This weekend, if you were out shopping, you couldn’t escape the electioneering for the 2010 Australian federal election. I do my grocery shopping in Eastwood, one of Sydney’s most multicultural suburbs and was infuriated by the mismatch between our diverse and multilingual community and the homogeneous and monolingual view taken by the candidates and the media.
Eastwood is a suburb in the north of Sydney, famous for its large Chinese and Korean communities. According to the 2006 census, over 50% of residents were born overseas – if you walk on the bustling main streets on both sides of Eastwood station, you feel as if you are transported to an Asian country (I feel right at home ;-)! The markets are always busy, frequented by customers from all kinds of cultural and language backgrounds, who are after the amazing range of cheap and fresh produce available there. The shopkeepers themselves are as multicultural and multilingual as their customers, conversing with co-workers in one language and switching to another to address customers.
This Saturday there was an election campaign poster for John Alexander of the Australian Liberal Party (which in Australia means the conservative side of politics and currently the main opposition party) in front of one of the busiest grocery stores. I didn’t know who John Alexander was, so I got some campaign leaflets from one of the four campaign volunteers touting on the street. I found out that he is an ex-tennis-player-turned-into-TV commentator (aha, him!) and now politician and he’s the Liberal Party’s candidate in the electorate of Bennelong, which includes highly diverse suburbs such as Eastwood, Epping, North Ryde, Carlingford etc etc. According to the leaflet, John is “determined to protect our community’s quality of life”, and promises to be “a strong voice for the people of Bennelong.” A strong voice for the diverse people of Bennelong? Sounds good but, unfortunately, judging on the basis of his campaign leaflets he’s not quite there yet.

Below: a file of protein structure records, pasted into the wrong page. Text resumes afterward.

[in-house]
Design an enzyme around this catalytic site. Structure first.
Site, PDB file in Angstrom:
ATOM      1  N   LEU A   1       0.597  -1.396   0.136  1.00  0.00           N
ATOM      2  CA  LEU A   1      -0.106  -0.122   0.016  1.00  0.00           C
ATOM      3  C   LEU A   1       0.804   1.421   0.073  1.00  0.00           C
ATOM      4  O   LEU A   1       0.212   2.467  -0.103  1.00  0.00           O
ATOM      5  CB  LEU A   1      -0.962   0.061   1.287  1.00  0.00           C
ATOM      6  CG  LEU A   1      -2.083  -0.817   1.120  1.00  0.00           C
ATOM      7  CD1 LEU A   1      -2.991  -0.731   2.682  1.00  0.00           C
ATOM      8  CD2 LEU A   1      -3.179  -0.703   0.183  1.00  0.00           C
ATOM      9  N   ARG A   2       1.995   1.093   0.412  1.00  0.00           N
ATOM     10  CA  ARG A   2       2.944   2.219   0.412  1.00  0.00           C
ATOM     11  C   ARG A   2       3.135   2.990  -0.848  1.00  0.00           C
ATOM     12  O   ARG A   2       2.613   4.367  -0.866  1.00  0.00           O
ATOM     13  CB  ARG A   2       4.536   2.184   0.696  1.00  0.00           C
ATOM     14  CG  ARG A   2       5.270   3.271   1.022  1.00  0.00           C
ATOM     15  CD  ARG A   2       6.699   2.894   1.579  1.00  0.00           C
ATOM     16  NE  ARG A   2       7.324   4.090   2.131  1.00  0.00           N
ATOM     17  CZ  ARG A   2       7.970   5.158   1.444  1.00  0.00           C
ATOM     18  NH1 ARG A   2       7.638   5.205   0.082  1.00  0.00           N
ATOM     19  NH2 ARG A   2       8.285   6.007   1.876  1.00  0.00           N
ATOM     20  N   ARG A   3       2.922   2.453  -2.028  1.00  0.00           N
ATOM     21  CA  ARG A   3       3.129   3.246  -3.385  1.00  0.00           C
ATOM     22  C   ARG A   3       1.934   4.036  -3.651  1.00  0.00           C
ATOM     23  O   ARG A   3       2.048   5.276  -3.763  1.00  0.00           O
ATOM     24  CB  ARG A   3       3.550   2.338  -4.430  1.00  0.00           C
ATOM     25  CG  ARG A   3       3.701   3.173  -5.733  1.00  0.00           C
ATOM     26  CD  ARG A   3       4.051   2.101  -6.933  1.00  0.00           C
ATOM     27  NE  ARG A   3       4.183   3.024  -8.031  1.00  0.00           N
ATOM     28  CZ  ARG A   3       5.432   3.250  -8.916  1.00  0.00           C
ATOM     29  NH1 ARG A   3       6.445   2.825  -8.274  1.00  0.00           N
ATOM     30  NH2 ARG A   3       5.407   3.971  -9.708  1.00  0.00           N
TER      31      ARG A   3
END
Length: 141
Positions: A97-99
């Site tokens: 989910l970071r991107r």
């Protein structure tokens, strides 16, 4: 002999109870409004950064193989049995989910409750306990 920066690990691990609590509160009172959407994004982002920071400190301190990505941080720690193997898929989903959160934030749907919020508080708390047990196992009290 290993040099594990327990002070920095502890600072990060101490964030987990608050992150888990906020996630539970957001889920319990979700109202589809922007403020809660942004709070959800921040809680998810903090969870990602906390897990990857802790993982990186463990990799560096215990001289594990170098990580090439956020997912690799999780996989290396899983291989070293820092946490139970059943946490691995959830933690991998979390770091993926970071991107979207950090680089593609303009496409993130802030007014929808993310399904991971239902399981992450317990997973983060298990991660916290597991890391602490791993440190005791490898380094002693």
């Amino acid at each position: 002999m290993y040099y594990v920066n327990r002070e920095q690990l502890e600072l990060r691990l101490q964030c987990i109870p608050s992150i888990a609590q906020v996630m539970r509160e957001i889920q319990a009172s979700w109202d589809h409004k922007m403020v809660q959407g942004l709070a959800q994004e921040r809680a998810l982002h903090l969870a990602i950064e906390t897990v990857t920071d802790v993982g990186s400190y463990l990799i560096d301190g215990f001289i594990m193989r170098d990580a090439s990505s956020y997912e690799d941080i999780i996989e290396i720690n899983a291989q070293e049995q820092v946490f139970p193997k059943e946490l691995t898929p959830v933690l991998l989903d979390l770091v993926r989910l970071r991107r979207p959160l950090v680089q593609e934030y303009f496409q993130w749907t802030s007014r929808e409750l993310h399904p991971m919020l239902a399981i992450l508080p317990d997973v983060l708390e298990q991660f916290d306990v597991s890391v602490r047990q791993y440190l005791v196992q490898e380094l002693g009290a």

Firstly, there are two different types of leaflets. One was supposedly the main one, printed in English with a big photo of his smiley face on one side and the promotional pitch on the other. The other was trilingual in Korean, Chinese and English. A good effort to reach out to the Chinese and Korean speaking communities? After all, Bennelong is the electorate where in 2007 the then-first time Labour candidate and news-reader-turned-politician Maxine McKew famously beat the then-Prime Minister John Howard. And her success was in no small measure due to winning the support of the Chinese and Korean business communities and mobilising the youth from the electorate’s multilingual communities.
So, John Alexander is trying to do the same thing. Unfortunately, his heart obviously isn’t in it and the result is a cheap attempt to look multilingual. Unlike the main English leaflet which is professionally printed on glossy and high-quality paper, the trilingual leaflet was clearly home-printed, with Korean on one side and Chinese on the other on paper of inferior quality.
All the six photos on the trilingual leaflet feature John engaging in deep conversation with residents. Unfortunately, none of those interlocutors look like anyone on the main streets of Eastwood – all of them are white! Furthermore, if you bother to read the text, not even the usual politicians’ lip service to multiculturalism is there.
From John’s election leaflets to media reports, it’s really amazing how non-white voters are absent from this election. For example, the ABC claimed yesterday that they put together a ‘cross board of voters’ in their studio to comment on the live debate between the Prime Minister Julia Gillard and the opposition leader. Maybe they were kidding because all I could see was two white men and three white women. Have the ABC producers and the candidates of both major political parties never been shopping in Eastwood or any of Sydney’s other multilingual and multicultural suburbs?!